SECRETARIAT GENERAL DE LA DEFENSE NATIONALE
Flag Conference on Information Strategy
15 December 1995
WAGING WAR AND PEACE IN THE 21ST CENTURY
Mr. Robert D. Steele, Chairman & CEO
OPEN SOURCE SOLUTIONS Group
Challenge of Change: Six Revolutions Changing Threat--Four Warrior Classes/law enforcement as the new legionnaires Changing Dimensions of Time & Space--War/Peace, Here/There, Long/Short Time Changing Fiscal Environment--fewer people, fewer dollars Changing Physical Environment--urban, civilian, international, mixed demographic Changing Knowledge Environment--private sector as center of gravity Changing Technology Environment--virtual intelligence and total vulnerability
Open Source Intelligence--Background Open source roots (OSS, CIA); Copeland anecdote USMC Intelligence Center, lessons learned about OSINT SOUTHCOM and DOE, lessons learned about OSINT and drugs CIA/CSIS lessons learned about OSINT and consumers Joe Nye's Jig-Saw Puzzle: OSINT in perspective OSINT is the foundation for reinventing classified disciplines
The Open Source Environment Information Continuum (Nine Sectors) Schools, Universities, Libraries, Businesses, Private Investigators/Information Brokers, Media, Government, Defense, Intelligence Information Commons versus the Iron/Bamboo/Plastic Curtains Distributed (90%) versus Central (10%) Intelligence Hard Copy (90%) versus Electronic (10%) Information Internet is less than 1% of knowledge CIA Study on Journals Center of Gravity is in the private sector
Overview of Some National Open Source Intelligence Practices
Australia--Pacific Rim Tier 4 burden-sharing option Canada--80% from open sources, unclassified production France--economic intelligence Germany--still a sweat-shop, creeping forward Israel--precision-strike, U.S. information brokers, FOIA masters Italy--you can just imagine... Japan--6,000 newsprint pages a day collected, private sector lead Netherlands--reorganization of collection, analysis; Internet centralized discovery, decentralized exploitation; possible lead for European OSINT Council Quebec--harbinger of future provincial/state endeavors Singapore--National Computer Board, wiring the island Sweden--triad Committee, S&T attaches, Internet, "smart Nation" United Kingdom--C4I (I=Info), DIS, Foreign Office, Board of Trade
Some Generalizations About OSINT Practices in Other Governments
No one has a national information strategy No one has a significant lead on U.S. Government-industry relationships are all terribly ineffective Private sector collection, translation, & analysis capabilities not used Bureaucracy and control of money are the show-stoppers Amount of money spent on OSINT by government is marginal Virtually nothing is spent on technical applications: focus on content Consumers do their own OSINT, Producers do not filter/evaluate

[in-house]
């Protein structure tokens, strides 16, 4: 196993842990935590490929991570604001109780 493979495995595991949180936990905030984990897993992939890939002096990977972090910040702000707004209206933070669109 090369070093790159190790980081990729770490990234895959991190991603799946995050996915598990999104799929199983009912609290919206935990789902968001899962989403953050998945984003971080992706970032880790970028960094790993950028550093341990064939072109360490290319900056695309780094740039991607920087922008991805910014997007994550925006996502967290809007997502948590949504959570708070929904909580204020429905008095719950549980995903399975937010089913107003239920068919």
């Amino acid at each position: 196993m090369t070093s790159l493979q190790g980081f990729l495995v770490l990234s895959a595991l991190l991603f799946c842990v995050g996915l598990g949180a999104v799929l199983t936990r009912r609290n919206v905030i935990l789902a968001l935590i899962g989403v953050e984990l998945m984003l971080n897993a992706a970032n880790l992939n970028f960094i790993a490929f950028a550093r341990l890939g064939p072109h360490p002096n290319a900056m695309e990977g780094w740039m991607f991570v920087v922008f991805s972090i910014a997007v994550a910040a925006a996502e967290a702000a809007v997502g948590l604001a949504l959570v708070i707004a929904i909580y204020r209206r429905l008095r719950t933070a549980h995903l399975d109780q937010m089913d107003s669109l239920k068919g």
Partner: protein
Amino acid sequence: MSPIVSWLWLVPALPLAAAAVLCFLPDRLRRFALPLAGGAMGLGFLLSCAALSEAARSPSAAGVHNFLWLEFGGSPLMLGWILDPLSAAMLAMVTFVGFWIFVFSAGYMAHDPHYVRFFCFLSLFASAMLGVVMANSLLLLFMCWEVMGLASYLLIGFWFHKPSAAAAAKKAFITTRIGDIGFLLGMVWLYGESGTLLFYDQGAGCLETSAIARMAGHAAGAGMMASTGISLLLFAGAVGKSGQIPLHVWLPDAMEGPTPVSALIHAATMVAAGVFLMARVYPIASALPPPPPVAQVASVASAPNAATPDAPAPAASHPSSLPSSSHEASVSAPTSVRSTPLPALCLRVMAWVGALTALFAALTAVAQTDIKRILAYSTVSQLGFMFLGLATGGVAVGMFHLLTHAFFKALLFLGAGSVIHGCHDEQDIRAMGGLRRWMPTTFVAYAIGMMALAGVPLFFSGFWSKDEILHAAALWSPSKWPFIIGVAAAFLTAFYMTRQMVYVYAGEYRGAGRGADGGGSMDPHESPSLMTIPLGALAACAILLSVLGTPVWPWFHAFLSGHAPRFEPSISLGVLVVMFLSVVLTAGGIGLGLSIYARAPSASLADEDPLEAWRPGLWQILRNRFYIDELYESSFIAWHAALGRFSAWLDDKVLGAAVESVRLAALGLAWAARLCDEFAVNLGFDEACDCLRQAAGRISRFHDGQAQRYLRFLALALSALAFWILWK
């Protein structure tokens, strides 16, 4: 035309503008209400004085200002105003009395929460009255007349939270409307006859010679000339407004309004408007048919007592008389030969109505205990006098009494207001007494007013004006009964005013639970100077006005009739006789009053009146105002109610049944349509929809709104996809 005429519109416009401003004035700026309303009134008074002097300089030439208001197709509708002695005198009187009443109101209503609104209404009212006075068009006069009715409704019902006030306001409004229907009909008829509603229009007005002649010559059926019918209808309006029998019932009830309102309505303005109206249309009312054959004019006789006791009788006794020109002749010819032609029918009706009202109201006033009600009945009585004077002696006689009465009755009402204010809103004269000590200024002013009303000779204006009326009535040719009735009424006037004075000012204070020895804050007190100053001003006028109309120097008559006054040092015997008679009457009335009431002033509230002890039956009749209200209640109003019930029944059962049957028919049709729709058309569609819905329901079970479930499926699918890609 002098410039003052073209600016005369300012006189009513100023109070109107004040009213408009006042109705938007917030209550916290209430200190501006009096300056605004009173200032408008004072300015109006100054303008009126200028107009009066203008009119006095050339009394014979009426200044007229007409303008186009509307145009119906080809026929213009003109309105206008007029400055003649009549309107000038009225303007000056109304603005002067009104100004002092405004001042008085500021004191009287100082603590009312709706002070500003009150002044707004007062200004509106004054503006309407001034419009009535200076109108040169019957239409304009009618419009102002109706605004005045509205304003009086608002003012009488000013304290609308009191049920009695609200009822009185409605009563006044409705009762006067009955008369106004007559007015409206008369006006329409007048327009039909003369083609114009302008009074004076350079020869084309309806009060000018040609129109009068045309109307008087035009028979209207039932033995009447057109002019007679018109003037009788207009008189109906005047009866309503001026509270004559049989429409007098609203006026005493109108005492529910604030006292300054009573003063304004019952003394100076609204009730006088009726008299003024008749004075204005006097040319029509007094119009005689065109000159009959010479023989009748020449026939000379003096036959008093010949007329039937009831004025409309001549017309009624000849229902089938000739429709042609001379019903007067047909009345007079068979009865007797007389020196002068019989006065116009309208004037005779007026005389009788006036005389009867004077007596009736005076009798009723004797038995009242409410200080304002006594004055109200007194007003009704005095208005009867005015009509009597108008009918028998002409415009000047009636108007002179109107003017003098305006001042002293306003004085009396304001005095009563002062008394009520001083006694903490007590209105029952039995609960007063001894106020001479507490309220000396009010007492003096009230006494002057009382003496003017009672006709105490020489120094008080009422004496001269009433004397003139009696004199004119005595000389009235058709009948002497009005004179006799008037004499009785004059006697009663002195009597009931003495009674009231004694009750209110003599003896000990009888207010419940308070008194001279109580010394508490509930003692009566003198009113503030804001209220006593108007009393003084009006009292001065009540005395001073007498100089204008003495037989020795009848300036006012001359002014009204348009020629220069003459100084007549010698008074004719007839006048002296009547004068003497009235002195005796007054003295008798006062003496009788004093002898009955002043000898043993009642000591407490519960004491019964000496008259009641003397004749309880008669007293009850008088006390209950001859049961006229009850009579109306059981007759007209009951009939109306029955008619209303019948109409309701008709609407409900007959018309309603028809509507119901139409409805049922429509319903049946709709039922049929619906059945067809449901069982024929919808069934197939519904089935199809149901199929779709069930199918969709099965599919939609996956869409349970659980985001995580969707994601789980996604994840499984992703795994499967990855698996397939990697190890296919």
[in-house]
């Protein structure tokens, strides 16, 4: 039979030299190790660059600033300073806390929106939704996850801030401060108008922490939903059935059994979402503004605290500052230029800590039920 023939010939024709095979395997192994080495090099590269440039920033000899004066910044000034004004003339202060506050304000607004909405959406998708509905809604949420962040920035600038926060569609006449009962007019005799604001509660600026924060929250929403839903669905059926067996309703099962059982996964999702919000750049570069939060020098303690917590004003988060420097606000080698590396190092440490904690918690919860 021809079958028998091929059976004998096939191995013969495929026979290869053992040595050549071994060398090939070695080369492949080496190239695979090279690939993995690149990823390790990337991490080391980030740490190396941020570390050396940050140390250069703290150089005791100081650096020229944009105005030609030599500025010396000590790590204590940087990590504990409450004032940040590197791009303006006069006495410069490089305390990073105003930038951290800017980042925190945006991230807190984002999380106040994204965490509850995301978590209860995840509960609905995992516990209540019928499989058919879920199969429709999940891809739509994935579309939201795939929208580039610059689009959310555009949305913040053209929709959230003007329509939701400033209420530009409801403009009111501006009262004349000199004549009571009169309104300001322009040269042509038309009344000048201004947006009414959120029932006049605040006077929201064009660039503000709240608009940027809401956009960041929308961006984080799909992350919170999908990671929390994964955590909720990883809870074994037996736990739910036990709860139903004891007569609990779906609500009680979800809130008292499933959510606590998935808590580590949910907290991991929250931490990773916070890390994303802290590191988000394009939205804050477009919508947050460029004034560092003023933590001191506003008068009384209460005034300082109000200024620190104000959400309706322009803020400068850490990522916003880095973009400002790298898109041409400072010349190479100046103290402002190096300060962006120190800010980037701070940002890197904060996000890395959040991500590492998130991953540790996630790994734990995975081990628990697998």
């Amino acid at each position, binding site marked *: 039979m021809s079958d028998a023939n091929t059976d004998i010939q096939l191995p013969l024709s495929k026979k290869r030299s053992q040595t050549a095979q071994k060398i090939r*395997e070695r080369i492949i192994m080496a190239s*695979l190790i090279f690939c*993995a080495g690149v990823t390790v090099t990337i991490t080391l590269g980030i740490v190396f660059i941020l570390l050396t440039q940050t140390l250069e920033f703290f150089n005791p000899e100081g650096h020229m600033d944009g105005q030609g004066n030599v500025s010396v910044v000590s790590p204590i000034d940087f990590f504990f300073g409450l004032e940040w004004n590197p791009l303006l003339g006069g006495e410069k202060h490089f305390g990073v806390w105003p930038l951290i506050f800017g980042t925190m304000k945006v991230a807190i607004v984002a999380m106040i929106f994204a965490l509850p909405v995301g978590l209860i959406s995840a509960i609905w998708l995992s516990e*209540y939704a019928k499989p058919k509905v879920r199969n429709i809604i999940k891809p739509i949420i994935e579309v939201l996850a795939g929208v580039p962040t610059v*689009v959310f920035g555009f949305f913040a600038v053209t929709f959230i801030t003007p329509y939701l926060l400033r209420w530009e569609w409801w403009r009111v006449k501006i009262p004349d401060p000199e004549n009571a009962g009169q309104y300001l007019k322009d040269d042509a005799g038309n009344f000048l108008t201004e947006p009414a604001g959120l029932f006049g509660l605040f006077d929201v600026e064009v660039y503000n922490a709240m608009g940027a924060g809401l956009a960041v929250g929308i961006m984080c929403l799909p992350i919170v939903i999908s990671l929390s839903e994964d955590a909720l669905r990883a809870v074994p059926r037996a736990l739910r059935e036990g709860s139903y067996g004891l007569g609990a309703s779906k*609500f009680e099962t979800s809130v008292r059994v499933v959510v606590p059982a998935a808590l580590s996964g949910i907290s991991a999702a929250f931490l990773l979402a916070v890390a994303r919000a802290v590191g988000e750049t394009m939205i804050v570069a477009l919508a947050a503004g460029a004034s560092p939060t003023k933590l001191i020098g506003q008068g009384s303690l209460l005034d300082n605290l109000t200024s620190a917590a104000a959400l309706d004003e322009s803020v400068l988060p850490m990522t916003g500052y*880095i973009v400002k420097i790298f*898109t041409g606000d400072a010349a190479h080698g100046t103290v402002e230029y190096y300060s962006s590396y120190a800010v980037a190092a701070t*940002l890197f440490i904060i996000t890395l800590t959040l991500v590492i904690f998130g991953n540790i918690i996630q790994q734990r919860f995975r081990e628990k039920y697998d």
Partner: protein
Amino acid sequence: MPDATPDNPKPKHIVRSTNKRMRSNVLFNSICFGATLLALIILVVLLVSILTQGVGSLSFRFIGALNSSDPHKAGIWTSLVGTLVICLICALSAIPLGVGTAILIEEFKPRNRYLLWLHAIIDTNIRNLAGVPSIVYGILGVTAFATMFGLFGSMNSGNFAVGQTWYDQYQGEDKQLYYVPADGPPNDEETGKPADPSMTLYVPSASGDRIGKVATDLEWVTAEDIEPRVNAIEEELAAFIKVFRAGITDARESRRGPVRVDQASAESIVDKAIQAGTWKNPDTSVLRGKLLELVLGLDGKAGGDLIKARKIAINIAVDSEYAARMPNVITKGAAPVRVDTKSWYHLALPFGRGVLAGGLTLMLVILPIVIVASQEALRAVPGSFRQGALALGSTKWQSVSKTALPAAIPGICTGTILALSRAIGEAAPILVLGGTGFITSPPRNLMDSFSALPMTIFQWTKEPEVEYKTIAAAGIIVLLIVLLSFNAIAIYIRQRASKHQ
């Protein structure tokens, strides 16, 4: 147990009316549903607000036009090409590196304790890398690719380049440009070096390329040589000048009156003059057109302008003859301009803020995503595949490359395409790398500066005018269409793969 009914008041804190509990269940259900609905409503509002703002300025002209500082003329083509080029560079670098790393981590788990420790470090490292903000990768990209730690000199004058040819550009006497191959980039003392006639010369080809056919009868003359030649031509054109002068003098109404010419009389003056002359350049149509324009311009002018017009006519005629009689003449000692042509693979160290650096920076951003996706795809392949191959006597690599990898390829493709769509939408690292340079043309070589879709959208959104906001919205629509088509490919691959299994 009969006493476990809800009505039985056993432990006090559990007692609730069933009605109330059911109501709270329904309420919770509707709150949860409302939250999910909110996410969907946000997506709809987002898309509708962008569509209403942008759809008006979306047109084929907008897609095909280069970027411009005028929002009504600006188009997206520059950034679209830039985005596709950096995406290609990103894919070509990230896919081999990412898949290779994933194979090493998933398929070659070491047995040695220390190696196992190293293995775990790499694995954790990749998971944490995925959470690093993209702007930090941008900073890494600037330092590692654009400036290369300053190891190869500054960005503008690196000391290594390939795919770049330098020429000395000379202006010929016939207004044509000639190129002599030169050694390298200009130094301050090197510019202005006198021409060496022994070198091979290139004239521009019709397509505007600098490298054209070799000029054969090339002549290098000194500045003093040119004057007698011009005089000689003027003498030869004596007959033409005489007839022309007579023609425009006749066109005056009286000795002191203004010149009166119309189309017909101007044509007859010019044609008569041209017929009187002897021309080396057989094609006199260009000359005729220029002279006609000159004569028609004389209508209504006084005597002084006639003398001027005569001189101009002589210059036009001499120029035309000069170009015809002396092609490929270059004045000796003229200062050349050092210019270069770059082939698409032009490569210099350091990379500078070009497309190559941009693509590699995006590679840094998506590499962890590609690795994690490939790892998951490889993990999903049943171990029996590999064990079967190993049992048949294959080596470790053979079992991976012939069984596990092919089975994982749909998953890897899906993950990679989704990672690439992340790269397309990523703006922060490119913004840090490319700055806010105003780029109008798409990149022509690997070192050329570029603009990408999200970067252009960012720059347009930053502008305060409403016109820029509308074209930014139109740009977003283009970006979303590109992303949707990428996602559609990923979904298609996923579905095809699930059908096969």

Creating the Virtual Intelligence Community Data, Information, Intelligence: Emphasis on OSINT Achieves Savings, Satisfies Broader Range of Requirements Enables Clandestine and Technical Focus on Hard Targets Secrecy Paradigm is Counterproductive--Quick Open Access is Key Information = Content + Context + Time Obtain Information Before It is Classified Secret Security through Speed and Obscurity Distributed Collection and Filtering "JUST IN TIME" is Critical-- Human Filtering, Leveraging External Overhead Essential Analyst as Manager of Network of Overt Sources Analyst as Manager of Private Sector Outsourcing Analyst as "Recruiter/Handler" of Consumers Vulnerabilities in Both Government and Industry Data Integrity, Availability, Security Cost of Uninformed Decisions
Information Warfare: Vulnerabilities and Opportunities Defining IW--American Focus on Offensive Interruption of Services Defining IW--American Focus on Defensive MILITARY Measures Ignoring IW--American Oversights 80% of the data the commander needs is: -- unclassified -- in a foreign language -- in hardcopy (not yet digitized) 60-80% of the civil and coalition partners can't handle electronic data Defining IW Properly: Virtual Intelligence for the Commander Electronic Home Defense (Continuity of CIVIL Operations) Offensive IW for Deterrence and War Winning Information Peacekeeping for Deterrence and War Winning Eight Points War by other means--very unconventional Acquiring information is more important than destroying information Center of gravity is the civil sector (rear area) rather than the front line Must inventory vulnerabilities across the Nation Must "draft" civil sector communications & computing Must redefine concepts of national security and military mission Must mobilize the population for total war/total peace Applied intellect wins--national information strategy critical Impact on Mobility, Weapons, Command Mobility systems extremely vulnerable to HERF attack by one person Weapons systems lack data as well as functionality for one on one attack Command cannot be exercised using the existing architecture